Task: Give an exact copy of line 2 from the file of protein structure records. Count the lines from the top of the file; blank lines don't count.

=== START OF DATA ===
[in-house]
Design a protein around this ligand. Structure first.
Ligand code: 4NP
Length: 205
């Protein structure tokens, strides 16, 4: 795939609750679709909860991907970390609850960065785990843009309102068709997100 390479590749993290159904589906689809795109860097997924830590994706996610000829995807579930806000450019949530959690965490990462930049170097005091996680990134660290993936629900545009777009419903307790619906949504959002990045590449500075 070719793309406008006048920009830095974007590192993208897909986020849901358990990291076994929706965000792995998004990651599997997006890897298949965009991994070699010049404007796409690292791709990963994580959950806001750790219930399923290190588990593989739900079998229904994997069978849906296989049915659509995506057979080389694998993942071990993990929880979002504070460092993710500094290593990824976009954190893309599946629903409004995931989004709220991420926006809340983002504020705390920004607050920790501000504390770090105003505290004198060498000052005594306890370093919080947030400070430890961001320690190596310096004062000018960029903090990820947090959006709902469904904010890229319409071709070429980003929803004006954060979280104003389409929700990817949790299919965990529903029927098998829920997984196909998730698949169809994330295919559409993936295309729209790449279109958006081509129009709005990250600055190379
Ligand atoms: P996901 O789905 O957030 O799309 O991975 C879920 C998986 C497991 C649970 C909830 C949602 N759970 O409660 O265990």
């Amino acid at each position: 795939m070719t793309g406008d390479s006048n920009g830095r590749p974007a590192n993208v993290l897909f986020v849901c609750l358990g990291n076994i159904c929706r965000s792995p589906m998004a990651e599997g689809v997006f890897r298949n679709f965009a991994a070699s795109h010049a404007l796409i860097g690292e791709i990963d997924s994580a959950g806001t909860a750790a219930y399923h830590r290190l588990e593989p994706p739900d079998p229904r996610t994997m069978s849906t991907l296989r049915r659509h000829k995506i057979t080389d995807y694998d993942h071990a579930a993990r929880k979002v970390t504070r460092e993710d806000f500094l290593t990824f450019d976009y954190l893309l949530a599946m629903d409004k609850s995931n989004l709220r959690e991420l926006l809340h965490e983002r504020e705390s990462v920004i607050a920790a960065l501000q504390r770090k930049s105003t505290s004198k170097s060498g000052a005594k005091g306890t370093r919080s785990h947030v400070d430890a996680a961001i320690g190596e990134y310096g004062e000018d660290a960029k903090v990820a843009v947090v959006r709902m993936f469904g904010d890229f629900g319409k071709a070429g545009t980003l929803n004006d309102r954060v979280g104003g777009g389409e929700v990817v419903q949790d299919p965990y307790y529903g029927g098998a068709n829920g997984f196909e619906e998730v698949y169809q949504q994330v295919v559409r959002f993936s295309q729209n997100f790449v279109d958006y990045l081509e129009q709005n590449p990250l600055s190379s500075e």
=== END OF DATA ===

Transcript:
Design a protein around this ligand. Structure first.